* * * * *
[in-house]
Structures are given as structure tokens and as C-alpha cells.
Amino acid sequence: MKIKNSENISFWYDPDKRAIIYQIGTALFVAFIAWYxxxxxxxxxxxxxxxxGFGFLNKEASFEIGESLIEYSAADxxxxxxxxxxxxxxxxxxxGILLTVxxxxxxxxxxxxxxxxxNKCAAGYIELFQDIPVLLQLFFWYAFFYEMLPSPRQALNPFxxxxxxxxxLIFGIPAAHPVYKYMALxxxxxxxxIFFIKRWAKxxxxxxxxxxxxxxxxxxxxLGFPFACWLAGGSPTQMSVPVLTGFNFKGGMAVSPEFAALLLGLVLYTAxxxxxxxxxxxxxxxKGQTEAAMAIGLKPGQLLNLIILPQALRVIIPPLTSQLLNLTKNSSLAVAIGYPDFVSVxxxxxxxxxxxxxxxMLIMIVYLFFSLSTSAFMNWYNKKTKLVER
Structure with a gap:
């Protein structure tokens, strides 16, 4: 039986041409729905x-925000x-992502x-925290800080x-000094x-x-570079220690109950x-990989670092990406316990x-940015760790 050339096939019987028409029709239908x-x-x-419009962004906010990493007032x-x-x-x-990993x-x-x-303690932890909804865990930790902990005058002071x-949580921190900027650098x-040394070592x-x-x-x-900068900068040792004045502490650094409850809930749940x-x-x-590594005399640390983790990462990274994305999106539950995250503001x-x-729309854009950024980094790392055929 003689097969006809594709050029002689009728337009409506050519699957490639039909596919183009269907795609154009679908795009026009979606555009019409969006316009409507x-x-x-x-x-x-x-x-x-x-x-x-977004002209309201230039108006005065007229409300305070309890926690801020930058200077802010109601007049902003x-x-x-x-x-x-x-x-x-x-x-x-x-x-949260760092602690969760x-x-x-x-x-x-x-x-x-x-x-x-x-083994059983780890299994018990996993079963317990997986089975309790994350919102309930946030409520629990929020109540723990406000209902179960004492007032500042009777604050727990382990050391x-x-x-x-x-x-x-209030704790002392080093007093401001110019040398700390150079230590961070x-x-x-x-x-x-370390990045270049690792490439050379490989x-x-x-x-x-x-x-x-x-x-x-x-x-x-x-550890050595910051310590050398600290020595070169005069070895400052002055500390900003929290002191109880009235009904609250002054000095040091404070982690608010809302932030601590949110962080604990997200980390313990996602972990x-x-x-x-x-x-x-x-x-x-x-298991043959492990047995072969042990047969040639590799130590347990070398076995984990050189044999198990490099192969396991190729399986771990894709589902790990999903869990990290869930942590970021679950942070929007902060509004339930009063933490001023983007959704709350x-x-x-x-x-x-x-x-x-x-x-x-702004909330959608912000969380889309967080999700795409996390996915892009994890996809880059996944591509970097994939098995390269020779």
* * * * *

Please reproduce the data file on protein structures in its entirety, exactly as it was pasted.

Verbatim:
[in-house]
Structures are given as structure tokens and as C-alpha cells.
Amino acid sequence: MKIKNSENISFWYDPDKRAIIYQIGTALFVAFIAWYxxxxxxxxxxxxxxxxGFGFLNKEASFEIGESLIEYSAADxxxxxxxxxxxxxxxxxxxGILLTVxxxxxxxxxxxxxxxxxNKCAAGYIELFQDIPVLLQLFFWYAFFYEMLPSPRQALNPFxxxxxxxxxLIFGIPAAHPVYKYMALxxxxxxxxIFFIKRWAKxxxxxxxxxxxxxxxxxxxxLGFPFACWLAGGSPTQMSVPVLTGFNFKGGMAVSPEFAALLLGLVLYTAxxxxxxxxxxxxxxxKGQTEAAMAIGLKPGQLLNLIILPQALRVIIPPLTSQLLNLTKNSSLAVAIGYPDFVSVxxxxxxxxxxxxxxxMLIMIVYLFFSLSTSAFMNWYNKKTKLVER
Structure with a gap:
């Protein structure tokens, strides 16, 4: 039986041409729905x-925000x-992502x-925290800080x-000094x-x-570079220690109950x-990989670092990406316990x-940015760790 050339096939019987028409029709239908x-x-x-419009962004906010990493007032x-x-x-x-990993x-x-x-303690932890909804865990930790902990005058002071x-949580921190900027650098x-040394070592x-x-x-x-900068900068040792004045502490650094409850809930749940x-x-x-590594005399640390983790990462990274994305999106539950995250503001x-x-729309854009950024980094790392055929 003689097969006809594709050029002689009728337009409506050519699957490639039909596919183009269907795609154009679908795009026009979606555009019409969006316009409507x-x-x-x-x-x-x-x-x-x-x-x-977004002209309201230039108006005065007229409300305070309890926690801020930058200077802010109601007049902003x-x-x-x-x-x-x-x-x-x-x-x-x-x-949260760092602690969760x-x-x-x-x-x-x-x-x-x-x-x-x-083994059983780890299994018990996993079963317990997986089975309790994350919102309930946030409520629990929020109540723990406000209902179960004492007032500042009777604050727990382990050391x-x-x-x-x-x-x-209030704790002392080093007093401001110019040398700390150079230590961070x-x-x-x-x-x-370390990045270049690792490439050379490989x-x-x-x-x-x-x-x-x-x-x-x-x-x-x-550890050595910051310590050398600290020595070169005069070895400052002055500390900003929290002191109880009235009904609250002054000095040091404070982690608010809302932030601590949110962080604990997200980390313990996602972990x-x-x-x-x-x-x-x-x-x-x-298991043959492990047995072969042990047969040639590799130590347990070398076995984990050189044999198990490099192969396991190729399986771990894709589902790990999903869990990290869930942590970021679950942070929007902060509004339930009063933490001023983007959704709350x-x-x-x-x-x-x-x-x-x-x-x-702004909330959608912000969380889309967080999700795409996390996915892009994890996809880059996944591509970097994939098995390269020779």